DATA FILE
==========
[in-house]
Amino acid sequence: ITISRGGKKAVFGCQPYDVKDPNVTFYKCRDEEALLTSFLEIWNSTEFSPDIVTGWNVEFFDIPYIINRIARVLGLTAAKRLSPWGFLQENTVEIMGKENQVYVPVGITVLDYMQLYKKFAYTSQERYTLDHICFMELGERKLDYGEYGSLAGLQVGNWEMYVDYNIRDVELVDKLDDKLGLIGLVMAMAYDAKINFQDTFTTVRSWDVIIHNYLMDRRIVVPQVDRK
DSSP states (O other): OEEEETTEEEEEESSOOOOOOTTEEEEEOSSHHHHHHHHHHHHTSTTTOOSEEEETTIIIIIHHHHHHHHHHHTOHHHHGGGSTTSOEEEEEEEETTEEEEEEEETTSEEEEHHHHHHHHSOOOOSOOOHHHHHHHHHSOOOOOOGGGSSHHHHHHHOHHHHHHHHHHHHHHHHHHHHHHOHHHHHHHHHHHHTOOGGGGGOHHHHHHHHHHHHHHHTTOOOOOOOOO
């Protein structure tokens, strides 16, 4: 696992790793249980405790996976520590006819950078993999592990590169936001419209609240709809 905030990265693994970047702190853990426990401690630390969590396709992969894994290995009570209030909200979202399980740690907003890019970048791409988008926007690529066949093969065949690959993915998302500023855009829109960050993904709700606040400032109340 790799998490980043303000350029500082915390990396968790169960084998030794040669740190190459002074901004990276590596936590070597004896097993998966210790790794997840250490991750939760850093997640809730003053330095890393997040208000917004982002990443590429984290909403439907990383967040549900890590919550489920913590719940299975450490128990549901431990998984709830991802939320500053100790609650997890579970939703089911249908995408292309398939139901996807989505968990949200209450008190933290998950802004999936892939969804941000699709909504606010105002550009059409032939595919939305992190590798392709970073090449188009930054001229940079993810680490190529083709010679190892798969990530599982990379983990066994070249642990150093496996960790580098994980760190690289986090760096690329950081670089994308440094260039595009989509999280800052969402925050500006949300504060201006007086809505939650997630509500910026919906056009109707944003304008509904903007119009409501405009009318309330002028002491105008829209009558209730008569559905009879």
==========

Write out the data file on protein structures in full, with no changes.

[in-house]
Amino acid sequence: ITISRGGKKAVFGCQPYDVKDPNVTFYKCRDEEALLTSFLEIWNSTEFSPDIVTGWNVEFFDIPYIINRIARVLGLTAAKRLSPWGFLQENTVEIMGKENQVYVPVGITVLDYMQLYKKFAYTSQERYTLDHICFMELGERKLDYGEYGSLAGLQVGNWEMYVDYNIRDVELVDKLDDKLGLIGLVMAMAYDAKINFQDTFTTVRSWDVIIHNYLMDRRIVVPQVDRK
DSSP states (O other): OEEEETTEEEEEESSOOOOOOTTEEEEEOSSHHHHHHHHHHHHTSTTTOOSEEEETTIIIIIHHHHHHHHHHHTOHHHHGGGSTTSOEEEEEEEETTEEEEEEEETTSEEEEHHHHHHHHSOOOOSOOOHHHHHHHHHSOOOOOOGGGSSHHHHHHHOHHHHHHHHHHHHHHHHHHHHHHOHHHHHHHHHHHHTOOGGGGGOHHHHHHHHHHHHHHHTTOOOOOOOOO
């Protein structure tokens, strides 16, 4: 696992790793249980405790996976520590006819950078993999592990590169936001419209609240709809 905030990265693994970047702190853990426990401690630390969590396709992969894994290995009570209030909200979202399980740690907003890019970048791409988008926007690529066949093969065949690959993915998302500023855009829109960050993904709700606040400032109340 790799998490980043303000350029500082915390990396968790169960084998030794040669740190190459002074901004990276590596936590070597004896097993998966210790790794997840250490991750939760850093997640809730003053330095890393997040208000917004982002990443590429984290909403439907990383967040549900890590919550489920913590719940299975450490128990549901431990998984709830991802939320500053100790609650997890579970939703089911249908995408292309398939139901996807989505968990949200209450008190933290998950802004999936892939969804941000699709909504606010105002550009059409032939595919939305992190590798392709970073090449188009930054001229940079993810680490190529083709010679190892798969990530599982990379983990066994070249642990150093496996960790580098994980760190690289986090760096690329950081670089994308440094260039595009989509999280800052969402925050500006949300504060201006007086809505939650997630509500910026919906056009109707944003304008509904903007119009409501405009009318309330002028002491105008829209009558209730008569559905009879």